“We go over the bump, and right after that, in the corner of my eye, I saw a gray Chevy Traverse and BAM… the car got thrown down the road about 50 feet,” said Gabe Iannone, a student at a technical institute who has been driving home to New Jersey from school in Pennsylvania pretty much every weekend to wrench with friends on his 1975 Plymouth Valiant. Recently, he got the vehicle dialed in and running great, but then this past Saturday evening, disaster struck.
Iannone posted some photos to the Plymouth Valiant Fans Facebook page, where I spotted them last night and shuddered in horror. Obviously, my first concern was for the safety of those in the Valiant; the thing looks hammered. My second thought was how sad it was for the world to lose such a beautiful classic machine. Iannone replied to my message that asked about him and his car, and he gave me the full story of how he and his two friends were injured, and how his prized 1975 Valiant met its demise.
The Universal Technical Institute student bought the Valiant from a MOPAR-collecting friend in June, and though the 47,000 mile, 225 slant-six powered cruiser was running, it wasn’t smooth and it was pulling fuel from a jerry can. Last week, he did some tuning. “I got a gas tank for it, hooked everything up,” he said. He’d rebuilt a Holly 1920 single-barrel carb, and after figuring out that he’d forgotten to hook up the distributor vacuum advance, he got it running “A-OK.”
As he described his car, which had an automatic transmission and functioning air conditioning, I said “nice,” complimenting the machine. “Yeah, it’s not nice anymore,” Iannone quickly retorted, before continuing his story, clearly still reeling from the freshness of his dearly departed machine. “I live on this road called Corsons Tavern Road,” the 20 year-old continued. Referring to his 19 year old friends Ed and Christian, he went on: “We were going to the Walmart to buy some buffing compound to buff the hood, see how the paint would look,” he went on, “[We took the Valiant] because everybody likes the Valiant. It’s a comfortable car…[a] great car.”
They drove through an intersection, slowing down for a rather tall mound that everyone in town knew required hitting the brakes for. “Everybody knows to slow down even if the light’s green, to 30 mph. So I slowed down…we go over the bump, and right after that, in the corner of my eye,” he said, “I saw a gray chevy traverse and BAM… the car got thrown down the road about 50 feet.”
“I went through the light, she hit me going 55 because she said she wasn’t paying attention and didn’t see the light,” Iannone went on, admitting that he wasn’t sure how she’d missed that obvious red light.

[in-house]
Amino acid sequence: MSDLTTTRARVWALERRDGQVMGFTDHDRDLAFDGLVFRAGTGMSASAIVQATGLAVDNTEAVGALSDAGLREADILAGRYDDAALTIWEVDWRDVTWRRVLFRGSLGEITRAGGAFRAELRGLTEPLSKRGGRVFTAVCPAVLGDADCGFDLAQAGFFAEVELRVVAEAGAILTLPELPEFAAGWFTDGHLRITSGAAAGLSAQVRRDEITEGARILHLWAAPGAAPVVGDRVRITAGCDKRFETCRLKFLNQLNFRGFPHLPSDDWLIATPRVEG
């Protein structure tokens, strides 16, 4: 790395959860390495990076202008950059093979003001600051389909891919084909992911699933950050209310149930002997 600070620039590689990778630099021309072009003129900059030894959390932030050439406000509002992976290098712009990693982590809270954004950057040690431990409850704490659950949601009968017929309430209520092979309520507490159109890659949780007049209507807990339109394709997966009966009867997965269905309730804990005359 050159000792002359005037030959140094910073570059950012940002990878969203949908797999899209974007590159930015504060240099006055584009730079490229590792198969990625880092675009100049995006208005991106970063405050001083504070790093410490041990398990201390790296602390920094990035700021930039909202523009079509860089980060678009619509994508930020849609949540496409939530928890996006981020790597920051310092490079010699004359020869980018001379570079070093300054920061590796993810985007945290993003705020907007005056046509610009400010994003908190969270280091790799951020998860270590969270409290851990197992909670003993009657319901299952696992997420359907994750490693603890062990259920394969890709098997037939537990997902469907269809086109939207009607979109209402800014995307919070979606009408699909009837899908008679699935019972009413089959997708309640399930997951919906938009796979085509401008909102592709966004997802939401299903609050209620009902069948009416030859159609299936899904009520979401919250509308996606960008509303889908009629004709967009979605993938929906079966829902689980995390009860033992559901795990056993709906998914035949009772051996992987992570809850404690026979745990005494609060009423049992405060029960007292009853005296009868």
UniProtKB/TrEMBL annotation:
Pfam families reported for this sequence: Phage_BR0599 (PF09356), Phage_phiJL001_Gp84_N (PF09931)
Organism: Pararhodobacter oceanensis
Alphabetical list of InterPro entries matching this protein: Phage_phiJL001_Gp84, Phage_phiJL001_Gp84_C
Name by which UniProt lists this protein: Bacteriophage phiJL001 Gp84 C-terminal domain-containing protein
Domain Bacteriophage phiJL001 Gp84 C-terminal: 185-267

“My windshield was somebody’s welcome mat,” he said. Referring to a house near the crash scene, which itself was within a mile of Iannone’s house, the student told me: “When [the house occupants] opened their door, they stepped onto their first stoop, and the windshield was over their welcome mat. All they heard was ‘crunch crunch.””
The driver in the other car was an older woman. “She was in her 60s…She didn’t get out of her car; she was so scared — didn’t know what happened,” Iannone described, saying he wasn’t sure how to respond at first. “I just hugged her,” he said, saying we all make mistakes, and that he’d “let the [officials] do their stuff.. I’m not gonna yell at [the other driver].” He figured it was a bad situation, and everyone felt like crap anyway; no need to make things worse by yelling. “I just let people do their investigation,” he told me over the phone, saying he was the least injured of the trio in the Valiant.
Ed, a heavier guy, was sitting on the right side of the front bench. “[The three-point belt] saved Ed’s life and it also saved mine,” Iannone reckons, saying Ed would have been thrown into him had it not been for that belt. “He took the brunt of the impact,” referring to his friend, who — like Christian — he’d known from high school (he worked with them in shop class, among other places). “[Ed’s] ribs were bruised really bad. And the doorframe and the windshield frame hit and smashed into his head. He has eight staples in his forehead.” In addition, he bit his tongue, which is now swollen.
Christian didn’t fare well, either. “Christian…wasn’t so lucky. He had a lap belt on. He ate his kneecap… when we hit…he broke his two front teeth off. He needs oral surgery. His teeth went through his bottom lip… it was 30 stitches.”
As for Iannone: “I have a swollen leg…and I almost lost my earlobe,” he told me, saying: “the column came down and smashed my leg.”
The young car-nut, whose dad and grampa had always had old cars, started his automotive journey with a Jaguar X-Type, but then quickly moved on to three Mercury Grand Marquis, all of which have been killed in accidents. It seems Iannone has lousy luck. “That’s all I drive. I buy these old fashion grandpa cars: Body on frame V8s,” he said, telling me he replaced his 1975 Valiant with a 2006 Lincoln Towncar that he picked up from a friend.
He reminisced about his gorgeous Valiant, into which he’d just thrown new belts, and a new radiator. He’d kept the AC compressor he had to remove to fit his oversized radiator, in case he wanted to restore the car back to original shape. “I put 1000 miles on it in 2 weeks,” he said. “[The car was] at 48,210 miles when it met its demise last night”